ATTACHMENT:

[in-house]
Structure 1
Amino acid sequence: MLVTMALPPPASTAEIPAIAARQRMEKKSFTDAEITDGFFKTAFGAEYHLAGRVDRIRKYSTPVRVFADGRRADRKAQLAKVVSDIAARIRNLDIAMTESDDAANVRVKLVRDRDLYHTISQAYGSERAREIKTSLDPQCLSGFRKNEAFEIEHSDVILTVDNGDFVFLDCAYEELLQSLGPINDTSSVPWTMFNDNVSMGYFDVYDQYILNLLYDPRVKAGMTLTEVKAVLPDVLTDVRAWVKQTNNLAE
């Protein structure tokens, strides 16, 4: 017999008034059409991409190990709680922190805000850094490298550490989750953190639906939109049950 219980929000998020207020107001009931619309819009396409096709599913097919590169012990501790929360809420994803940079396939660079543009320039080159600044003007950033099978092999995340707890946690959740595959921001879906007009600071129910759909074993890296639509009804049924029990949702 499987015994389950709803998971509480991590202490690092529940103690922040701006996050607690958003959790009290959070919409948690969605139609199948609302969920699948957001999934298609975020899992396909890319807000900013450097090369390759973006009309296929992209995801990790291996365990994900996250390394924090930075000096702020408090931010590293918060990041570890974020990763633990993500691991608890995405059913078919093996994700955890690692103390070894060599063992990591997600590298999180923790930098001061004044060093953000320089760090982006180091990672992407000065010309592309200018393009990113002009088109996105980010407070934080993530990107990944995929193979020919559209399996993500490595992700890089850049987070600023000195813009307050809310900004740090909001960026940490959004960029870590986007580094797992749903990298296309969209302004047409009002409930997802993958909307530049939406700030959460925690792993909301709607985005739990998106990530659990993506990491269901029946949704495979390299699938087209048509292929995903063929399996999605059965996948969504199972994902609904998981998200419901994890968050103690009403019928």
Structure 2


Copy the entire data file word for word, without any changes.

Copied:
[in-house]
Structure 1
Amino acid sequence: MLVTMALPPPASTAEIPAIAARQRMEKKSFTDAEITDGFFKTAFGAEYHLAGRVDRIRKYSTPVRVFADGRRADRKAQLAKVVSDIAARIRNLDIAMTESDDAANVRVKLVRDRDLYHTISQAYGSERAREIKTSLDPQCLSGFRKNEAFEIEHSDVILTVDNGDFVFLDCAYEELLQSLGPINDTSSVPWTMFNDNVSMGYFDVYDQYILNLLYDPRVKAGMTLTEVKAVLPDVLTDVRAWVKQTNNLAE
């Protein structure tokens, strides 16, 4: 017999008034059409991409190990709680922190805000850094490298550490989750953190639906939109049950 219980929000998020207020107001009931619309819009396409096709599913097919590169012990501790929360809420994803940079396939660079543009320039080159600044003007950033099978092999995340707890946690959740595959921001879906007009600071129910759909074993890296639509009804049924029990949702 499987015994389950709803998971509480991590202490690092529940103690922040701006996050607690958003959790009290959070919409948690969605139609199948609302969920699948957001999934298609975020899992396909890319807000900013450097090369390759973006009309296929992209995801990790291996365990994900996250390394924090930075000096702020408090931010590293918060990041570890974020990763633990993500691991608890995405059913078919093996994700955890690692103390070894060599063992990591997600590298999180923790930098001061004044060093953000320089760090982006180091990672992407000065010309592309200018393009990113002009088109996105980010407070934080993530990107990944995929193979020919559209399996993500490595992700890089850049987070600023000195813009307050809310900004740090909001960026940490959004960029870590986007580094797992749903990298296309969209302004047409009002409930997802993958909307530049939406700030959460925690792993909301709607985005739990998106990530659990993506990491269901029946949704495979390299699938087209048509292929995903063929399996999605059965996948969504199972994902609904998981998200419901994890968050103690009403019928």
Structure 2